Belgium's cigarette exports drifted down by 22 % to 55 bn pieces in 2005, valued at $368.8 mn, although the average price fell 14 % to 59.5 cents per pack. The average export price for Belgian cigarettes was 70 % higher in 2005 than price reported for German exports, and nearly five times greater than the average price for cigarette exports from Greece. Traders and smokers in the EU apparently made a close watch on prices and quality of cigarettes marketed in the last three years.
German Cigarette Exports Advancing to Much Higher Levels:
German cigarette exports reached a peak of $3.587 bn in 2005-about double the 2003 level. Dramatic gains were made for exports to Spain and much of East Europe. It appears that the value for German cigarette exports in 2007 may be approaching $5 bn, a value even higher that the $4.7 bn peak for US cigarette exports back in 1998. By 2006, US cigarette exports had declined to about $1.2 bn. US cigarette exports to the EU had been in the range of $2 bn annually a decade ago, but loss of the Antwerp transit trade pushed the value for exports to the EU to a low of $9.2 mn in 2005, followed by a rebound to $11.3 mn in 2006.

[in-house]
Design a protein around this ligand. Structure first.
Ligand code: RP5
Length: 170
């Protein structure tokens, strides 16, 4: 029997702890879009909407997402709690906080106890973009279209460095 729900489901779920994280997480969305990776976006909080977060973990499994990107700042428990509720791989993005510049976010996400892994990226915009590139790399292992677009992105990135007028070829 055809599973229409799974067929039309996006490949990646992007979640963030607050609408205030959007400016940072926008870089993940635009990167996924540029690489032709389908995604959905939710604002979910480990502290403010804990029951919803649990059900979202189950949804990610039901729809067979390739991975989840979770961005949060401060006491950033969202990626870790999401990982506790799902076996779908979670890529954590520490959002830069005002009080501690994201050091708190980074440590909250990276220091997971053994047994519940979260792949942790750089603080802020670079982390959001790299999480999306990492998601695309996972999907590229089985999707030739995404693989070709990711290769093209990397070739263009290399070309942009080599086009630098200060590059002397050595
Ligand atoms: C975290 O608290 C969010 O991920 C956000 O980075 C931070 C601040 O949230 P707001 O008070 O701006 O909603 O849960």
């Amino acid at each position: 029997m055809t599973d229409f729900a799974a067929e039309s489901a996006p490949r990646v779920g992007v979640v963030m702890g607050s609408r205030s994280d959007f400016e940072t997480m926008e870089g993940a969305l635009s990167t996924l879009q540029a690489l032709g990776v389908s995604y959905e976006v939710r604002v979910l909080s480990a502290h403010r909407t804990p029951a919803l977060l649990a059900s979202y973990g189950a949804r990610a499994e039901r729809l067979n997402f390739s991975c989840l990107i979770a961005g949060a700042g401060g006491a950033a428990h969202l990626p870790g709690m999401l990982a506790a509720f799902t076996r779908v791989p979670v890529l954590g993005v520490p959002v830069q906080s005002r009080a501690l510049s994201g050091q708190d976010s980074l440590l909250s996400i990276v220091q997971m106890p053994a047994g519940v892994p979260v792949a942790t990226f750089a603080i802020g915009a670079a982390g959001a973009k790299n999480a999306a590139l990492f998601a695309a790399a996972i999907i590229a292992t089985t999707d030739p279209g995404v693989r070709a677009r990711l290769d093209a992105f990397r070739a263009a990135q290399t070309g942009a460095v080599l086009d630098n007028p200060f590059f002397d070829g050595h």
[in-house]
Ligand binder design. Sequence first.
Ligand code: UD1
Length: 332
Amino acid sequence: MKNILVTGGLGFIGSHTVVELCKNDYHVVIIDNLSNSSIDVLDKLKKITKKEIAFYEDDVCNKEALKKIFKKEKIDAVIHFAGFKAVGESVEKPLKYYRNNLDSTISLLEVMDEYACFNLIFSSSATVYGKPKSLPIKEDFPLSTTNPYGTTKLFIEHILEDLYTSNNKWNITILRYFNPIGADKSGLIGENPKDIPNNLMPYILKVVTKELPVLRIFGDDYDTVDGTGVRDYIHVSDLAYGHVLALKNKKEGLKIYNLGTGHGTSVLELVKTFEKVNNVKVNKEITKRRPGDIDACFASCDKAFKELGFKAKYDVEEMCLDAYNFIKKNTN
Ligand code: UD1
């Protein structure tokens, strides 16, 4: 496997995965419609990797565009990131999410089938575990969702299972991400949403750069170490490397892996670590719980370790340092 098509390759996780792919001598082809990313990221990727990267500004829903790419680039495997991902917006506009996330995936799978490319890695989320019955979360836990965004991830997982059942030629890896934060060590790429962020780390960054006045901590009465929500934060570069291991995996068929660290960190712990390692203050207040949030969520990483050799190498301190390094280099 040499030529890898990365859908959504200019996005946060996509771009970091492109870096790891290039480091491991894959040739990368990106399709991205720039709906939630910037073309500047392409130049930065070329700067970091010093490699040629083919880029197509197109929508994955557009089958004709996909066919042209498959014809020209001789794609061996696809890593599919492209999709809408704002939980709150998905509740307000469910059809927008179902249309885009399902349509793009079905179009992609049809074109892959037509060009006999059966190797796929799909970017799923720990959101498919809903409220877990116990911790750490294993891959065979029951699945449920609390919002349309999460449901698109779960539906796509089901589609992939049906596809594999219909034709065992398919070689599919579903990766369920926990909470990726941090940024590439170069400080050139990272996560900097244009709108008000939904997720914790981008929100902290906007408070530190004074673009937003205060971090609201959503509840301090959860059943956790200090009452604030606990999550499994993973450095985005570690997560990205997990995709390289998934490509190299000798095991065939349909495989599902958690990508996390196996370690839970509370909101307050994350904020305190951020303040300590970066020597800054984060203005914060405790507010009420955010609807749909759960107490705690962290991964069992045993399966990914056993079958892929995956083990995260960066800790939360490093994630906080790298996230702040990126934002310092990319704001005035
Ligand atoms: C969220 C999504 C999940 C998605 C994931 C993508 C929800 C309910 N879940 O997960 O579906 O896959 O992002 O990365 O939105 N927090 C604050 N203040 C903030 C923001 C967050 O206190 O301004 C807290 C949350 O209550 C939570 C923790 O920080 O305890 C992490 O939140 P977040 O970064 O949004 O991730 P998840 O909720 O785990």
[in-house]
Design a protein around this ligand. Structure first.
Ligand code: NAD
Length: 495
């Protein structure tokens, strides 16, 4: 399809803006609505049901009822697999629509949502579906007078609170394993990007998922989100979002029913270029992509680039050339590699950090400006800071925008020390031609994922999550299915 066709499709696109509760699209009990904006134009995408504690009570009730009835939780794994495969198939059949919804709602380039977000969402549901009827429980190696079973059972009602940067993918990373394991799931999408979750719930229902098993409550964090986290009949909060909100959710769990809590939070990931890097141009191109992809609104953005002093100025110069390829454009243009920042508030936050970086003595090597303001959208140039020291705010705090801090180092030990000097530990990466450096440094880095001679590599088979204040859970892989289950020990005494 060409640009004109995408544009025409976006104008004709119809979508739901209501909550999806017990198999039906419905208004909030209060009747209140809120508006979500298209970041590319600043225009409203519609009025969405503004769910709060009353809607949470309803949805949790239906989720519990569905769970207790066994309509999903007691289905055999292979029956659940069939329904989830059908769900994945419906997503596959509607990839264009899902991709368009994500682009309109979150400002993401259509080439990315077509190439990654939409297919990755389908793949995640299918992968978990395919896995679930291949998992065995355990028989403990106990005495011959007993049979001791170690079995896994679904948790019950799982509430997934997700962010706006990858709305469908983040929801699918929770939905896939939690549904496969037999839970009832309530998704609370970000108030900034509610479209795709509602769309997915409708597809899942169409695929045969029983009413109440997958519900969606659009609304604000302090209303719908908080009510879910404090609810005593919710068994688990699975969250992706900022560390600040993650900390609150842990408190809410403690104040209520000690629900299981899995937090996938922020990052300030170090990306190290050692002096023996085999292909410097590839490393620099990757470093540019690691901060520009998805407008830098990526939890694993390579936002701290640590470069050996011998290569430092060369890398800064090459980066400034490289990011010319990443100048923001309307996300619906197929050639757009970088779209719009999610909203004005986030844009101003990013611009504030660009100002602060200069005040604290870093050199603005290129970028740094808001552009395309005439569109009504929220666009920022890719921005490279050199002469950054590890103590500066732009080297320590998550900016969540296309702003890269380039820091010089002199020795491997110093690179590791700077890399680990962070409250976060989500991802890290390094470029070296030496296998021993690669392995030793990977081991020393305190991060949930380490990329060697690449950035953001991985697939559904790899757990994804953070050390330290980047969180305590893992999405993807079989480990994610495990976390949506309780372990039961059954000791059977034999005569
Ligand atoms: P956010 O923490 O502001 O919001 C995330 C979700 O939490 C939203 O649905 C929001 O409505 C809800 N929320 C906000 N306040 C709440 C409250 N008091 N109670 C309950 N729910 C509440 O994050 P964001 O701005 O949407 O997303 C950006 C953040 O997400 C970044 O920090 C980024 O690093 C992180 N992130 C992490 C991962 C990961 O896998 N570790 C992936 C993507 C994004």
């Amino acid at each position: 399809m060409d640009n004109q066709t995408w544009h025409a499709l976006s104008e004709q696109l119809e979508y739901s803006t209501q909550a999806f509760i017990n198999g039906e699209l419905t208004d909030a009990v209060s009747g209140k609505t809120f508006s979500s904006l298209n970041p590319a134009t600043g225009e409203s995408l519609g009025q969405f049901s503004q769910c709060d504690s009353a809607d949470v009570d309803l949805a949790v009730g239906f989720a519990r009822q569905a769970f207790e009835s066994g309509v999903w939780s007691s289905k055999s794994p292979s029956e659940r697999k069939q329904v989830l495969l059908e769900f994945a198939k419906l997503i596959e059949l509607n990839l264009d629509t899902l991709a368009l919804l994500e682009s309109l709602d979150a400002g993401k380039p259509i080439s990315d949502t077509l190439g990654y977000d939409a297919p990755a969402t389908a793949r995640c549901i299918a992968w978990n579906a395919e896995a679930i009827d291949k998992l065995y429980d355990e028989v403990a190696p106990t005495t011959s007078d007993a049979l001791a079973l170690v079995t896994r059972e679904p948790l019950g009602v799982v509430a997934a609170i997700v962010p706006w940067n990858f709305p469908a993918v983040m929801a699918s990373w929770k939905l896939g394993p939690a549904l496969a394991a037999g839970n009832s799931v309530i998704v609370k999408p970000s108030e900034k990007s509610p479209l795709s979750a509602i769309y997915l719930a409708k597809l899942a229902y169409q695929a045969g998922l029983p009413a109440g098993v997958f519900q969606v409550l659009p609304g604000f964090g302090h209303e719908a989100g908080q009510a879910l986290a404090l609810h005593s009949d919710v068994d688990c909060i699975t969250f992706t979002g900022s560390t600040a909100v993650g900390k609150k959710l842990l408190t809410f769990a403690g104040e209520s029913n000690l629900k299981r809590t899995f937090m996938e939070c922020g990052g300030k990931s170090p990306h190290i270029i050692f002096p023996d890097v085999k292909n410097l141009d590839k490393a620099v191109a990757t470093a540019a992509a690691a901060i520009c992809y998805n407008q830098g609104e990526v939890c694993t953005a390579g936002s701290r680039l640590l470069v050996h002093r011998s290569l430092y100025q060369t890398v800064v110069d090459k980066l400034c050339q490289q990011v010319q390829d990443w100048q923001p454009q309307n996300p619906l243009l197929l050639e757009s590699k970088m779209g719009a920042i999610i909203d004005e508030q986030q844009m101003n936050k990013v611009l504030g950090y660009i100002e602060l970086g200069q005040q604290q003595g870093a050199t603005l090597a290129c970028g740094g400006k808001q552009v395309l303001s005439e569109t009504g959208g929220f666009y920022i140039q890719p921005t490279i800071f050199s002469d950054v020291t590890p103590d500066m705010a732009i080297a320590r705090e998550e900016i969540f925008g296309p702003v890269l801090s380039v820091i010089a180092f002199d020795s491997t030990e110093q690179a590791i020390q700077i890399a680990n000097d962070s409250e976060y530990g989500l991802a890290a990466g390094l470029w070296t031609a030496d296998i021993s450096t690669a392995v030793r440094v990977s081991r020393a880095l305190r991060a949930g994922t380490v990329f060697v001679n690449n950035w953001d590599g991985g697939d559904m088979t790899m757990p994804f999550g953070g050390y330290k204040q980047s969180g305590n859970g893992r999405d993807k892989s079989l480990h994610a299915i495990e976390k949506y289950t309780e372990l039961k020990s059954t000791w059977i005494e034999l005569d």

The average price for German cigarette exports rose 17.8 % to 35 cents per pack in 2005. The 57.4 % ad valorem tariff for cigarettes entering the EU from external suppliers tends to block out US cigarette exports to EU markets, with the exception of some duty-free areas of airports and seaports. However, the search for better quality in the competitive setting contributed to a 12.6 % rise in EU purchases of US leaf tobacco to 92,222 tons valued at $563.8 mn in 2006. The proportion of US tobacco in most cigarettes manufactured in Germany is relatively high. US leaf tobacco exports to Germany increased 46.6 % in 2006 to 36,812 tons, valued at $222.2 mn. Smaller arrivals of flue-cured tobacco from Zimbabwe contributed to gains for US tobacco exports to the EU in 2006.